Ebony & Frank: 10

Eb stared at a battered old car in the small second hands dealer on her way around the town. Frank had dropped her at a local cafe, ordered food, barely managed to scoff food in his gob before saying adios to Eb and vanishing like the great Houdini from a contraption. Mind you, she had no idea about a car, or even if she knew how to drive one.

 
‘You can take her for a spin,’ the grinning mid 60s salesman smiled at her, showing perfectly yellow teeth. ‘I used to have one just like this meself when I was a young man. This one’s from the early 80s, but her engine’s still purrs like a kitten.’
Eb smiled barely. ‘No, it’s fine, thank you.’
‘You need a car around here young lady. The only public transport is either your own legs or a bus every one hour.’
‘How much?’ Eb asked, wondering how quickly she’d run out of the money Hillary left her with. 
‘For you,’ he looked cheesy at her, ‘5 grand.’
5 grand? She had about a 100 in the account, and with whatever it was going to cost to renovate the farm house, she could afford a few thousand on a car. ‘I can take it for a test drive?’
‘Sure can.’
Eb sat behind the large shiny leather steering wheel and gripped it with both hands. ‘Now, put the car in gear and we can go around the block.’ Eb stared at the man sitting in the passenger seat. ‘I don’t think I can,’ she replied.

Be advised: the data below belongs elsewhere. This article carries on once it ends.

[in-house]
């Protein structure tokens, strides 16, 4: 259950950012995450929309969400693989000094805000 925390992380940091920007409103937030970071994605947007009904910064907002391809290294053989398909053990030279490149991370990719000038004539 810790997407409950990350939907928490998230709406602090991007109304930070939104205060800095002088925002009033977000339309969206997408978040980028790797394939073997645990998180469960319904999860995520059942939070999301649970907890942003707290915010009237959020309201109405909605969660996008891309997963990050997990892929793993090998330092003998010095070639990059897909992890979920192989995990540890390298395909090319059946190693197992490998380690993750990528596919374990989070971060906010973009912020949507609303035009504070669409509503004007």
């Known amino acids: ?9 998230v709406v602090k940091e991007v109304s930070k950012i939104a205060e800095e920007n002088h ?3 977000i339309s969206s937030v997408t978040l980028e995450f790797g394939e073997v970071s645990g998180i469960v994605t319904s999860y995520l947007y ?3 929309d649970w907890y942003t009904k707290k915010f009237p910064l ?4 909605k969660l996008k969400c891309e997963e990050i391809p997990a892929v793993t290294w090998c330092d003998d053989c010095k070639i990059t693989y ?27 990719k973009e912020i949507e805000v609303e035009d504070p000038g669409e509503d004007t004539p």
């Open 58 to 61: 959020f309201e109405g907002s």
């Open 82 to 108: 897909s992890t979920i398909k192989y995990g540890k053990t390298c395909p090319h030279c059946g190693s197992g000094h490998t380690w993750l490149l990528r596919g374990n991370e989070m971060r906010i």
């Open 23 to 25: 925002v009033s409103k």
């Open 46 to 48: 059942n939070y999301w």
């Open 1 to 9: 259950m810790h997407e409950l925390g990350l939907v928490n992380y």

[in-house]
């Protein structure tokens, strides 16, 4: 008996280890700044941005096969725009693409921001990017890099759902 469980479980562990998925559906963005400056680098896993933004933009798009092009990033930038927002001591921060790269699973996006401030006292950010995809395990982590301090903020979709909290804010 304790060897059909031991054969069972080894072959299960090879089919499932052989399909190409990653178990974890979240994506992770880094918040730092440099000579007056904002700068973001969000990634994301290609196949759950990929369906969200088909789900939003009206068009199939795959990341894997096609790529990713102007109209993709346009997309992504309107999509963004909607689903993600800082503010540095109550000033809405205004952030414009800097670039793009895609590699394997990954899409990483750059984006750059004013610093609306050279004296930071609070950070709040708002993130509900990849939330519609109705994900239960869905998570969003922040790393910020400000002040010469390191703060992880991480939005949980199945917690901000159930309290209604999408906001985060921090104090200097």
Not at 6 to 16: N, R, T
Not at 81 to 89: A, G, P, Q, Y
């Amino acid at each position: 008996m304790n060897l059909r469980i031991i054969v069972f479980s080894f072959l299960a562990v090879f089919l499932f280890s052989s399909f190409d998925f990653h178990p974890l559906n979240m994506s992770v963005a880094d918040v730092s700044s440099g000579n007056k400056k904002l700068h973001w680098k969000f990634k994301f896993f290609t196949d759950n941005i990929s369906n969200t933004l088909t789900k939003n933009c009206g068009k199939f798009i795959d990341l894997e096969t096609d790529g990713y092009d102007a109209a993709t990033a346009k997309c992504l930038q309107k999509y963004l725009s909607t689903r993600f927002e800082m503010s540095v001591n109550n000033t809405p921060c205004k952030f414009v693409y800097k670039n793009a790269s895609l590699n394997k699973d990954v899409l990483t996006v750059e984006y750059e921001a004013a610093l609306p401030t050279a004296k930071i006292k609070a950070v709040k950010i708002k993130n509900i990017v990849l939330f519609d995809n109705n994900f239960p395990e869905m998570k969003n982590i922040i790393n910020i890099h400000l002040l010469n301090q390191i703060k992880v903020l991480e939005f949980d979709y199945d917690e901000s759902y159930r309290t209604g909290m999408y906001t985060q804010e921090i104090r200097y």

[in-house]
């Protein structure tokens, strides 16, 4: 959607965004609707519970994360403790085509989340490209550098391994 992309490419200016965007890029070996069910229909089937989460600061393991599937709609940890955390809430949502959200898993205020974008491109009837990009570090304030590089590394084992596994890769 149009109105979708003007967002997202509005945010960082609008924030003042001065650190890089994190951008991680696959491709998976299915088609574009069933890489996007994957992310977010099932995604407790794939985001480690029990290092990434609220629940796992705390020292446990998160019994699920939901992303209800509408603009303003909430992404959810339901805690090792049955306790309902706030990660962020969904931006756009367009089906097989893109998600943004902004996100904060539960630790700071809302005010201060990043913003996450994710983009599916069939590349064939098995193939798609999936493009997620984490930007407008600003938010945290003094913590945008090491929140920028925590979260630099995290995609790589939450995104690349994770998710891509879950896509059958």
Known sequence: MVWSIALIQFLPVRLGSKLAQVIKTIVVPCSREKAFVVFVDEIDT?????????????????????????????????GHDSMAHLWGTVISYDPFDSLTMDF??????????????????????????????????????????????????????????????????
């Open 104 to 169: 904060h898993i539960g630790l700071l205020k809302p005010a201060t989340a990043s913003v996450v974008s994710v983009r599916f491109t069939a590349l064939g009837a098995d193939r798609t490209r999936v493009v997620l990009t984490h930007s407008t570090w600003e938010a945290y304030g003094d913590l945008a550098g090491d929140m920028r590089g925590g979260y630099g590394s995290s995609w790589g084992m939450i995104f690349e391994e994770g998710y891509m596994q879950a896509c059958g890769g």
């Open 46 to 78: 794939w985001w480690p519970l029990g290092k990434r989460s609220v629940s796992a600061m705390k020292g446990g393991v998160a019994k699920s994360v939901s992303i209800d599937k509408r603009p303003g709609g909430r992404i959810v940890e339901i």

The man’s eyebrows rose high. ‘You don’t know how to drive?’ Eb shook her head. ‘Right,’ he paused. ‘Well, that can be sorted. My son has a friend who is a driving instructor. You can take lessons.’ He opened his door and slide out. ‘So how about we write up those paperwork, and I can have someone drop you and your car home?’ He started walking to the office building before Eb even had a chance to get out.
Eb watched the dealer’s delivery guys jump on their ute and peel out of the driveway, swirling dust behind them. Her brand new car with its old beetle look, it’s yellowish paint peeling off at places and revealing rust stood on the newly revealed gravel courtyard. Against the run down house, the car looked right at home. She shook the key in her hand and clutched the old sliver door handles and yanked the driver’s side door open and slid in. 
For a long moment, she sat there, one hand on the steering and the other on the key hanging from the ignition. How hard could driving be? After all, her doctor had said that it was only a matter of trying something ‘new’ and most likely muscle memory might take over if she’d done it before. Eb was sure that at 30 something, she must have previously learned how to drive. 

‘Just trust yourself,’ she psyched herself into pressing the accelerator and before she knew it, the car ploughed straight into the steps, screeching and screaming to a halt. 

‘Great! Just great!’ She stared at the hunk of wood that was once the corner of the stairs decorating the bonnet. ‘I hate this!’ She screamed! Her scream drowned by the vast land and no one to hear her. 

‘I hate this,’ Eb simpered, closed in her car that felt foreign, in a place that felt foreign, and a mind that made her feel completely useless. 
As the sun glared down on the old tin with wheels, Eb cried, an ugly scared cry, alone in her lonely broken world. 

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